I’m back in Yerevan for the final time before flying back home to America. It’s bittersweet to return for a third time, as this city is starting to feel like a home base for me, however short lived. The seven hour trip from Karabakh was a little painful but knowing I have one full day left doesn’t allow much time for laziness. I need to be in full tourist mode.
Karabakh was definitely a change from other areas we have visited. The people drive flashier cars and show extreme desire for independence of their land while struggling with international recognition as an individual state. It’s a blossoming territory; with modern sculptures along the central square of Stepanakert and construction of new malls in Shushi, it’s on its way to becoming a modern tourist spot. And the locals were definitely excited to see some visitors. Our group was immediately interviewed for the nightly news at the customs office… we were like celebrities. My fellow FAR blogger, Erin, was featured and she did a fantastic job representing the group. It was obvious the citizens were proud of their region and truly wanted to share their land with travelers.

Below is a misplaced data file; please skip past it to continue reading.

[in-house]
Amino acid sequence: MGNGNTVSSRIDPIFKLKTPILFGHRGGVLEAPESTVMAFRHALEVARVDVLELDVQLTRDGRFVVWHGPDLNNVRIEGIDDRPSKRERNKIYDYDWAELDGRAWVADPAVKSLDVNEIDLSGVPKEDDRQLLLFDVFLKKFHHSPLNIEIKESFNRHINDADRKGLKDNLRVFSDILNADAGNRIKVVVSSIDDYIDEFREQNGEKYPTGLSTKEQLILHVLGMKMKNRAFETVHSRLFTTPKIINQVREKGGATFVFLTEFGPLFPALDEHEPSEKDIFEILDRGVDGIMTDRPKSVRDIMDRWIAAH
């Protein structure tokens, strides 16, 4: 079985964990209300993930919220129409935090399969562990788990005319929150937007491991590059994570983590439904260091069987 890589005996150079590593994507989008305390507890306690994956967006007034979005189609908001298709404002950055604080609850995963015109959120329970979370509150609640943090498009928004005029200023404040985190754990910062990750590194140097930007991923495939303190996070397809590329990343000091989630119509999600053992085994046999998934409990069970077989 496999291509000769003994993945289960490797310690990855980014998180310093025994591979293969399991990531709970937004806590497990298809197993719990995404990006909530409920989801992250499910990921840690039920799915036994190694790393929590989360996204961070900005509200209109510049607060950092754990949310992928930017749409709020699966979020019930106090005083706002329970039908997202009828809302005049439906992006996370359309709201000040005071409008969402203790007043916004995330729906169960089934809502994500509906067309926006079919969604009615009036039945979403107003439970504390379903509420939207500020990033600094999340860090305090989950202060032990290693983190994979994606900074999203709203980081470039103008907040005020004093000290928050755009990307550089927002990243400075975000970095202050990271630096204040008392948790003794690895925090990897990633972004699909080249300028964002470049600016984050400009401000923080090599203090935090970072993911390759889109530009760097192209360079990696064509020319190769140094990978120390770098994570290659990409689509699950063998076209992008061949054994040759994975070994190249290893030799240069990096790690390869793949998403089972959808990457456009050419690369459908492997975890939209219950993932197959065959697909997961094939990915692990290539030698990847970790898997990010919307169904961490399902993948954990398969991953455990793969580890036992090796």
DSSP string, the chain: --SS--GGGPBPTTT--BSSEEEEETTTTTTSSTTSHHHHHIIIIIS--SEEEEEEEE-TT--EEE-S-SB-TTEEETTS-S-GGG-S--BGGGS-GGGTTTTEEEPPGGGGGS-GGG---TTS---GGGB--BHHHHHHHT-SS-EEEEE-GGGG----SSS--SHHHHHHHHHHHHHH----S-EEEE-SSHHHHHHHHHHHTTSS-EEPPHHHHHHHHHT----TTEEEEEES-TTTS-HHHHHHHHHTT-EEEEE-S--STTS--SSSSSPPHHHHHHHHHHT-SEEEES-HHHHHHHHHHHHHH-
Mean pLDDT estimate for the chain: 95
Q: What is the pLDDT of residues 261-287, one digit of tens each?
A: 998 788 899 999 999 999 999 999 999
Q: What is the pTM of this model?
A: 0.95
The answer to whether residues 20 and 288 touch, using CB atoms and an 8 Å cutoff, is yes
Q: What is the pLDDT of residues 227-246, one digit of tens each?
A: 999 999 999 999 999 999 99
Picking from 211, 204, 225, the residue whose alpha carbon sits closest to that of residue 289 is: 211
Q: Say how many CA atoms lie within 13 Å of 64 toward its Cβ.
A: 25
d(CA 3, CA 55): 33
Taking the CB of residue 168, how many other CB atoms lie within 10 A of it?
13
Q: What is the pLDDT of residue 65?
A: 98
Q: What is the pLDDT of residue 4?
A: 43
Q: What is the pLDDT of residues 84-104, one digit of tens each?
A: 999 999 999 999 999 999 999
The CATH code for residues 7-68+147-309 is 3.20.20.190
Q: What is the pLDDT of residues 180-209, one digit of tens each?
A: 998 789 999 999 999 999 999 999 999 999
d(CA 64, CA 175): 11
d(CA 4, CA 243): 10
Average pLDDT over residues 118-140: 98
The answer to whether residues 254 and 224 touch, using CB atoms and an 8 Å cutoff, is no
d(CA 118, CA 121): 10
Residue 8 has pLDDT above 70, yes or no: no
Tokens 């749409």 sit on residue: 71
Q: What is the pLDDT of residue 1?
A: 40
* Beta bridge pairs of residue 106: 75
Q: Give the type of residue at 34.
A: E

I’m heading back to America tomorrow with great friends, fond memories, and a feeling of camaraderie with my fellow Armenians. They have been hospitable hosts (they never allow guests to work or pay for anything) and were more than excited to help me understand what it means to be an Armenian. There is more growth to be done when I return. A personal analysis of my transforming Armenian-American identity is just beginning.